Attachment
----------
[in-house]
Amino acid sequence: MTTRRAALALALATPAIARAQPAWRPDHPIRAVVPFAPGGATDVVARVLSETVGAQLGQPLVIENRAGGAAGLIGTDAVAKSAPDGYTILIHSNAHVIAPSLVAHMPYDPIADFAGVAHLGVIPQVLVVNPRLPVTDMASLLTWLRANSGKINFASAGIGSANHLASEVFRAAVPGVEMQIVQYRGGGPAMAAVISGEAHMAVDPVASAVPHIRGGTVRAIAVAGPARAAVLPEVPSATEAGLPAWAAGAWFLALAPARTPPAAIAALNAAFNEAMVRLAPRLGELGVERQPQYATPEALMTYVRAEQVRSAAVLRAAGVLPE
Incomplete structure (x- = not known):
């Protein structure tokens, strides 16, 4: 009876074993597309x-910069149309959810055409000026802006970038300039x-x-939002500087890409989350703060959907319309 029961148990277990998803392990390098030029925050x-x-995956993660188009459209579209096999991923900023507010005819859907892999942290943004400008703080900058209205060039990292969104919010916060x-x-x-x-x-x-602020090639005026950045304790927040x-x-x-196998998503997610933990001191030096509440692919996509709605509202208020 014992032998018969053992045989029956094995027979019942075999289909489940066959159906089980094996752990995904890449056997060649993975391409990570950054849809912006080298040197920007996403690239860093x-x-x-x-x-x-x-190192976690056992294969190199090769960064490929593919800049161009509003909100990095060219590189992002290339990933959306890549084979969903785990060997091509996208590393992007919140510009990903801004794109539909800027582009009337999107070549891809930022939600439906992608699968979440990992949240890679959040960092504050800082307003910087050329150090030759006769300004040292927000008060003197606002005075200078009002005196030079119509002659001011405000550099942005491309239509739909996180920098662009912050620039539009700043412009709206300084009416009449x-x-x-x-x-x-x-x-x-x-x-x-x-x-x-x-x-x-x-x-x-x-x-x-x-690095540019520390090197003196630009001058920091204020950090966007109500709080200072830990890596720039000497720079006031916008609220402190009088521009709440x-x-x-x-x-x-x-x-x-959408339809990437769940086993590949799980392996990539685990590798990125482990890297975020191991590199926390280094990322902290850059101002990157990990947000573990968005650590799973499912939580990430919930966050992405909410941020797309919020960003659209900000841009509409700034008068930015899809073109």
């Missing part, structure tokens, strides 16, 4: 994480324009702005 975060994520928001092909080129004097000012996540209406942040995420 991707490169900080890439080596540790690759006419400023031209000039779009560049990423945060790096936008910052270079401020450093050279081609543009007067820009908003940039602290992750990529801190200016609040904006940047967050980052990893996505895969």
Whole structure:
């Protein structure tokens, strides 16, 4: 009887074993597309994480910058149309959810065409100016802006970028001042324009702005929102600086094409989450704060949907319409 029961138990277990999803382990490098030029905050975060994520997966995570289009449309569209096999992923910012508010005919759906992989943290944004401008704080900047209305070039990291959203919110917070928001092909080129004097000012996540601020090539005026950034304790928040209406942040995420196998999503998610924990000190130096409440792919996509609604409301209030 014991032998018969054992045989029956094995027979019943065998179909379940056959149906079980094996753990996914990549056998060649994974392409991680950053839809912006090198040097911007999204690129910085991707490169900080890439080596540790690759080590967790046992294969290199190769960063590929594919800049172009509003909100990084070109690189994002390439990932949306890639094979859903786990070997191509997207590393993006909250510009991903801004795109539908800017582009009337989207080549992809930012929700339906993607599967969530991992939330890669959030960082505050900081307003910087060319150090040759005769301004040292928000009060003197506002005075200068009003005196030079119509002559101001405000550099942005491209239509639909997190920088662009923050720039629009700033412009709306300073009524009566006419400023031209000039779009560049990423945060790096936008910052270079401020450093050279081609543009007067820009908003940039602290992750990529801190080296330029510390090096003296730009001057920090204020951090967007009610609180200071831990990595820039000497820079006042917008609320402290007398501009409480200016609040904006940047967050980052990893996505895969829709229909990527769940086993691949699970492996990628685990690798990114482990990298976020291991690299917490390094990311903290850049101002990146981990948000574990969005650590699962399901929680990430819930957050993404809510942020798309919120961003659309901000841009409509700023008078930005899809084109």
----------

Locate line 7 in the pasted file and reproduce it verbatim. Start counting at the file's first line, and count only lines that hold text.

């Protein structure tokens, strides 16, 4: 009887074993597309994480910058149309959810065409100016802006970028001042324009702005929102600086094409989450704060949907319409 029961138990277990999803382990490098030029905050975060994520997966995570289009449309569209096999992923910012508010005919759906992989943290944004401008704080900047209305070039990291959203919110917070928001092909080129004097000012996540601020090539005026950034304790928040209406942040995420196998999503998610924990000190130096409440792919996509609604409301209030 014991032998018969054992045989029956094995027979019943065998179909379940056959149906079980094996753990996914990549056998060649994974392409991680950053839809912006090198040097911007999204690129910085991707490169900080890439080596540790690759080590967790046992294969290199190769960063590929594919800049172009509003909100990084070109690189994002390439990932949306890639094979859903786990070997191509997207590393993006909250510009991903801004795109539908800017582009009337989207080549992809930012929700339906993607599967969530991992939330890669959030960082505050900081307003910087060319150090040759005769301004040292928000009060003197506002005075200068009003005196030079119509002559101001405000550099942005491209239509639909997190920088662009923050720039629009700033412009709306300073009524009566006419400023031209000039779009560049990423945060790096936008910052270079401020450093050279081609543009007067820009908003940039602290992750990529801190080296330029510390090096003296730009001057920090204020951090967007009610609180200071831990990595820039000497820079006042917008609320402290007398501009409480200016609040904006940047967050980052990893996505895969829709229909990527769940086993691949699970492996990628685990690798990114482990990298976020291991690299917490390094990311903290850049101002990146981990948000574990969005650590699962399901929680990430819930957050993404809510942020798309919120961003659309901000841009409509700023008078930005899809084109």